What’s Growing at the Harriet Irving Botanical Gardens: Reading the Forest Around You
By Riley Scanlan, B.Sc Honours, Environmental Science
Stepping into an old growth forest can be a calming, inspiring, or even breathtaking experience, but what is it exactly that makes old growth forests so beautiful? So worthy of our attention? Just as you gain insight from reading a book, reading the forest around you can empower you to better connect with nature. Reading a forest is as simple as taking the time to acknowledge what is actually going on around you, thinking about how it all works together and walking away with something gained – be it knowledge, an experience or a feeling.
I realize ‘reading a forest’ may sound like an abstract concept, but I am writing this to hopefully convince you otherwise. As a research student working in the E.C. Smith Herbarium at the K.C. Irving Environmental Science Centre, my project involves locating the remaining old growth forests in the Annapolis Valley and analyzing relevant legislation. My story at the botanical gardens, however, began a few years ago when I poked my head in and asked how I could help. Bouncing from the gardens to the seed bank, and now to the herbarium, I’ve come to appreciate the K.C. Irving Centre for all it has to offer. The gardens and surrounding research labs are a hub of innovative projects run by incredible people, sharing ideas about how to make our planet a little bit better.
Reading an old growth forest is an idea that I hope will bring our community closer to these wonderful habitats. Old growth forests are unique and important ecosystems. They are living museums of genetic diversity and ecological continuity (meaning they have been able to persist and evolve for a very long time). These forests are essentially nature’s experts at disease and disturbance resistance and so contain invaluable scientific information. They also act as important global carbon sinks, continuing to sequester more carbon as they age. Many birds and mammals in the Acadian Forest Region rely on large trees and deadwood found in old growth forests, including northern goshawks and martens. Unfortunately, these ecosystems are becoming increasingly rare. Believed to have once covered up to half of Nova Scotia, old growth forests now make up less than one percent of forested land outside of protected areas.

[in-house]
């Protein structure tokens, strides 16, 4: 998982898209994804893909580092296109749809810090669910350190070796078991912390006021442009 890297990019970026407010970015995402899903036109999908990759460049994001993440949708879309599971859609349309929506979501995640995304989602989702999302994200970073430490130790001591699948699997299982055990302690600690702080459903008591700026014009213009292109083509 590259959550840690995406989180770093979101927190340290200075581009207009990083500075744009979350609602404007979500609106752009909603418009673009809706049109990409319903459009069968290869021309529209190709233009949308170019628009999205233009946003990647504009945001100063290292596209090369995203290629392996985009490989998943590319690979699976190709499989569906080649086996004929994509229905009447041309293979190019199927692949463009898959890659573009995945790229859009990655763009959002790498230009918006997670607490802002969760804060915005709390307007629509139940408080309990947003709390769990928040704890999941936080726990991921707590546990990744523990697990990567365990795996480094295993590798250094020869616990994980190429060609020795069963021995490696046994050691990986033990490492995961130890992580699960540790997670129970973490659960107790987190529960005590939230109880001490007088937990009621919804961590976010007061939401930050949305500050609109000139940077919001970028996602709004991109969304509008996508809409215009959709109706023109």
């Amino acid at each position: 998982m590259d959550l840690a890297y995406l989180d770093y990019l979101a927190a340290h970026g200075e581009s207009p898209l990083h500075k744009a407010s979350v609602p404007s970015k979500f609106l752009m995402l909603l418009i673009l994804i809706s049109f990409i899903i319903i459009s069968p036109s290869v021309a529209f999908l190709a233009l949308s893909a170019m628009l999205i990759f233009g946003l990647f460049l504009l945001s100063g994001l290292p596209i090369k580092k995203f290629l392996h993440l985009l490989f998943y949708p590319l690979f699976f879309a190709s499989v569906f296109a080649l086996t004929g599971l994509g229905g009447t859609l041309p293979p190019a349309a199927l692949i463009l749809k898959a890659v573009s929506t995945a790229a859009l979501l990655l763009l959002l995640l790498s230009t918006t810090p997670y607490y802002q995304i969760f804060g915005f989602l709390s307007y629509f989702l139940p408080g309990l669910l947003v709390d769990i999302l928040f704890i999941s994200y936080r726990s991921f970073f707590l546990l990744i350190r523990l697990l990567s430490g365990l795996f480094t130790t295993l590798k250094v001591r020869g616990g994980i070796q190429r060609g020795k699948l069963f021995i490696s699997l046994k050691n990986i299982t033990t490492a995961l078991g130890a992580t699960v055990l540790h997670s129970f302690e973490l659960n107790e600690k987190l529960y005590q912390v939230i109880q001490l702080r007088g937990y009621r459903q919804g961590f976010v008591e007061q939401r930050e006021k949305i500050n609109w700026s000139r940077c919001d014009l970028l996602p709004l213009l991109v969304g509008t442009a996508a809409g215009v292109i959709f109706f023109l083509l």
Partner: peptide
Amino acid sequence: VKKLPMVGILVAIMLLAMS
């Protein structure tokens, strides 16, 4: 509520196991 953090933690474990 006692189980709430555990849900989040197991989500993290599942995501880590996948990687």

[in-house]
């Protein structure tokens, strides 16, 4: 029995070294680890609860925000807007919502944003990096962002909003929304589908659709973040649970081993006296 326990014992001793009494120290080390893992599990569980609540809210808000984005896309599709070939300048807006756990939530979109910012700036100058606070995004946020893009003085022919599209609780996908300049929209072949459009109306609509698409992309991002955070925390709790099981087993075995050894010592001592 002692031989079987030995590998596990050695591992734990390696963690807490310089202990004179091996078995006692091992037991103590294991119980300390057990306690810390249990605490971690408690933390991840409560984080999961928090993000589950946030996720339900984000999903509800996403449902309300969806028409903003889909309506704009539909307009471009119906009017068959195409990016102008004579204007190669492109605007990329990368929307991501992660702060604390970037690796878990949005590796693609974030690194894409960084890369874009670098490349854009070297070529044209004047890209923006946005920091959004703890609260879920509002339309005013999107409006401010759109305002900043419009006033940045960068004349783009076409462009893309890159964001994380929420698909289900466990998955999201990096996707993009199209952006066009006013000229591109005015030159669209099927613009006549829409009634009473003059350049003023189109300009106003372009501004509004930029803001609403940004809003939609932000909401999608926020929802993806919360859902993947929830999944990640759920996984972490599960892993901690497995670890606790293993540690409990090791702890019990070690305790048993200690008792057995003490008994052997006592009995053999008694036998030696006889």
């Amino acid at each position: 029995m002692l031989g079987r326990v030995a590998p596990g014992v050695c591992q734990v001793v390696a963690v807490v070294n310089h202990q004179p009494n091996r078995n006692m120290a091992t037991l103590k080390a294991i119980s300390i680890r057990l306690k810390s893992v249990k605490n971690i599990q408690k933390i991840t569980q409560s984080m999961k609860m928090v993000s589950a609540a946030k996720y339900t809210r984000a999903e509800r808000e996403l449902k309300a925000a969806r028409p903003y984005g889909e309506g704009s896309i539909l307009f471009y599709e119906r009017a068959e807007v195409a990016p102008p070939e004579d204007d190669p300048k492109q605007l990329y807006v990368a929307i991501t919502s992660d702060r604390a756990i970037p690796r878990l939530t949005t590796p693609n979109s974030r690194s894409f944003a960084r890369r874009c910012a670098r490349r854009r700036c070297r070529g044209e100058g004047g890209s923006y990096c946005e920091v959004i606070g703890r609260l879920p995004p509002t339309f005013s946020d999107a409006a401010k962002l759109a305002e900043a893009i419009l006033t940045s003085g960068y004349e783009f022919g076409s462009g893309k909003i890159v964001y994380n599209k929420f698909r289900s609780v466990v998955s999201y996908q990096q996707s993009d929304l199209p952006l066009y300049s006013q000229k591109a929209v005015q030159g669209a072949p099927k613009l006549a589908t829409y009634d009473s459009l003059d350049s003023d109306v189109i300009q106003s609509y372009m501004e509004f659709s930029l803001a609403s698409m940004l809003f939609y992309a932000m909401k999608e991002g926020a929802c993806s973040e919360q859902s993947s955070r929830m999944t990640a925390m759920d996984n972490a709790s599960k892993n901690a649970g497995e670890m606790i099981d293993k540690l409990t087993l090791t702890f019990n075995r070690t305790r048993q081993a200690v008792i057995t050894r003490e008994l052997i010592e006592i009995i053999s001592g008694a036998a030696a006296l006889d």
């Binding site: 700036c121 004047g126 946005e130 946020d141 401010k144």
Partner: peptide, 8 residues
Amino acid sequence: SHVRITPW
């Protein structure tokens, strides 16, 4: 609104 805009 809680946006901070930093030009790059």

In Nova Scotia, old growth forests are defined as having at least one third of the trees older than 125 years old, a lack of human development, varied trunk diameters and diverse canopy and stand structure. But not to worry, it is indeed possible to understand the forest you are in without a tree borer or a measuring tape. You can simply look for an abundance of dead standing trees, wide spacing between trees and a lack of branches close to the ground. If you’re familiar with tree identification, the six tree species indicative of typical old growth in the Acadian Forest Region are eastern hemlock, red spruce, sugar maple, American beech and yellow birch. These species make up the final successional stages of the Acadian Forest Region and will dominate in old forests. Generally, if the area seems largely undisturbed, you can easily walk between large trees and see bits of blue sky through the canopy, you may very well have found a happy old growth forest!
That said, lush canopies and the presence of eastern hemlock do not guarantee you’re in a healthy forest. Especially in and around towns, many beautiful and dominant plants may not be native and may even be invasive (meaning they out-compete native species). Becoming familiar with common invasive plants can take your forest reading to another level. Perhaps the nastiest invasive plant to watch out for in Nova Scotia is glossy buckthorn (Rhamnus frangula). A great resource I’ve come to rely on is the Nova Scotia Forest Notes website created by David Patriquin (nsforestnotes.ca). Patriquin was a professor at Dalhousie who has since dedicated many hours to creating this great, informative website, which I recommend to anyone interested in forests.
As with all things, the more I learn about old growth forests, the more my appreciation grows for them. I’ve also begun to grasp just how much I have yet to learn. Regardless of your knowledge background, the best way to start is to get outside and spend some time in these magnificent spaces. To hone your tree identification skills, take a stroll through the botanical gardens at Acadia. You can find Acadian Forest Region trees (and many other plants!) labelled and easy to spot. You can then go search for old growth forest along the slopes of the Gaspereau River just outside Wolfville, or the Hemlock Ravine in Kentville, or the old hardwood forests of Cape Split and Cape Blomidon! Take some time to look around, read between the trunks, and be aware of what’s there. Perhaps you’ll even run into a fellow explorer, share thoughts on the forest you read that day, and walk away with a deeper connection to these living relics of our environmental history.
Photo caption: Old growth forest along the north slope of the Gaspereau River where we located a 140 year old eastern hemlock!